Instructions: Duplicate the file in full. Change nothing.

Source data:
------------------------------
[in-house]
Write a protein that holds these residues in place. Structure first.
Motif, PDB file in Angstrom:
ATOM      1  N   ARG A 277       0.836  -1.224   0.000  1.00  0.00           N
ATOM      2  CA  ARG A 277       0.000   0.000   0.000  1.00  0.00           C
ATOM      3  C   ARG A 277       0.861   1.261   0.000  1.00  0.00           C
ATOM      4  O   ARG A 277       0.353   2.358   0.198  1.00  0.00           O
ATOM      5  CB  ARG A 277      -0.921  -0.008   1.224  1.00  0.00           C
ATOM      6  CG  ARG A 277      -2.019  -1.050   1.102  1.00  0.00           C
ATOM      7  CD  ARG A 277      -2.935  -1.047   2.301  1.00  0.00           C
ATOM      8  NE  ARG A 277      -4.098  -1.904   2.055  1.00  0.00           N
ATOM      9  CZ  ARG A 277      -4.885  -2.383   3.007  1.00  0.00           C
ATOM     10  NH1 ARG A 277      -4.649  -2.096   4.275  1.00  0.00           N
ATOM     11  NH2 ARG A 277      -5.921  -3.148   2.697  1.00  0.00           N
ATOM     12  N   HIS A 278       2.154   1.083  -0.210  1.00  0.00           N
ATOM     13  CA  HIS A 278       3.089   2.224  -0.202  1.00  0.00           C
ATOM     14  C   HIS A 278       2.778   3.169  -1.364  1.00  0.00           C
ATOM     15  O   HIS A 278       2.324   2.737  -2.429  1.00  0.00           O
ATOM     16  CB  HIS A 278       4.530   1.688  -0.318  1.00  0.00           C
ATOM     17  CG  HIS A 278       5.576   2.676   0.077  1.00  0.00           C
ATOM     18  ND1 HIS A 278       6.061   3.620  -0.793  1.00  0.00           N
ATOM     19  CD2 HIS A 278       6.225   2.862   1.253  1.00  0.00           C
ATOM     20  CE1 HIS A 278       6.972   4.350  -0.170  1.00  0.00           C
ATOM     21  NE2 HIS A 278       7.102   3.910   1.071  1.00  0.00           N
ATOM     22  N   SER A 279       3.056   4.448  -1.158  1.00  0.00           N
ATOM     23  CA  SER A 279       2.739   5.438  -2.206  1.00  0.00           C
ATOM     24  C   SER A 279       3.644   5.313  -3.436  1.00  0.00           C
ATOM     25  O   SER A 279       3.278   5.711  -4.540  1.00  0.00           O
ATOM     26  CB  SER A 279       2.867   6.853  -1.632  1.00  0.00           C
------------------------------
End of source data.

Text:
[in-house]
Write a protein that holds these residues in place. Structure first.
Motif, PDB file in Angstrom:
ATOM      1  N   ARG A 277       0.836  -1.224   0.000  1.00  0.00           N
ATOM      2  CA  ARG A 277       0.000   0.000   0.000  1.00  0.00           C
ATOM      3  C   ARG A 277       0.861   1.261   0.000  1.00  0.00           C
ATOM      4  O   ARG A 277       0.353   2.358   0.198  1.00  0.00           O
ATOM      5  CB  ARG A 277      -0.921  -0.008   1.224  1.00  0.00           C
ATOM      6  CG  ARG A 277      -2.019  -1.050   1.102  1.00  0.00           C
ATOM      7  CD  ARG A 277      -2.935  -1.047   2.301  1.00  0.00           C
ATOM      8  NE  ARG A 277      -4.098  -1.904   2.055  1.00  0.00           N
ATOM      9  CZ  ARG A 277      -4.885  -2.383   3.007  1.00  0.00           C
ATOM     10  NH1 ARG A 277      -4.649  -2.096   4.275  1.00  0.00           N
ATOM     11  NH2 ARG A 277      -5.921  -3.148   2.697  1.00  0.00           N
ATOM     12  N   HIS A 278       2.154   1.083  -0.210  1.00  0.00           N
ATOM     13  CA  HIS A 278       3.089   2.224  -0.202  1.00  0.00           C
ATOM     14  C   HIS A 278       2.778   3.169  -1.364  1.00  0.00           C
ATOM     15  O   HIS A 278       2.324   2.737  -2.429  1.00  0.00           O
ATOM     16  CB  HIS A 278       4.530   1.688  -0.318  1.00  0.00           C
ATOM     17  CG  HIS A 278       5.576   2.676   0.077  1.00  0.00           C
ATOM     18  ND1 HIS A 278       6.061   3.620  -0.793  1.00  0.00           N
ATOM     19  CD2 HIS A 278       6.225   2.862   1.253  1.00  0.00           C
ATOM     20  CE1 HIS A 278       6.972   4.350  -0.170  1.00  0.00           C
ATOM     21  NE2 HIS A 278       7.102   3.910   1.071  1.00  0.00           N
ATOM     22  N   SER A 279       3.056   4.448  -1.158  1.00  0.00           N
ATOM     23  CA  SER A 279       2.739   5.438  -2.206  1.00  0.00           C
ATOM     24  C   SER A 279       3.644   5.313  -3.436  1.00  0.00           C
ATOM     25  O   SER A 279       3.278   5.711  -4.540  1.00  0.00           O
ATOM     26  CB  SER A 279       2.867   6.853  -1.632  1.00  0.00           C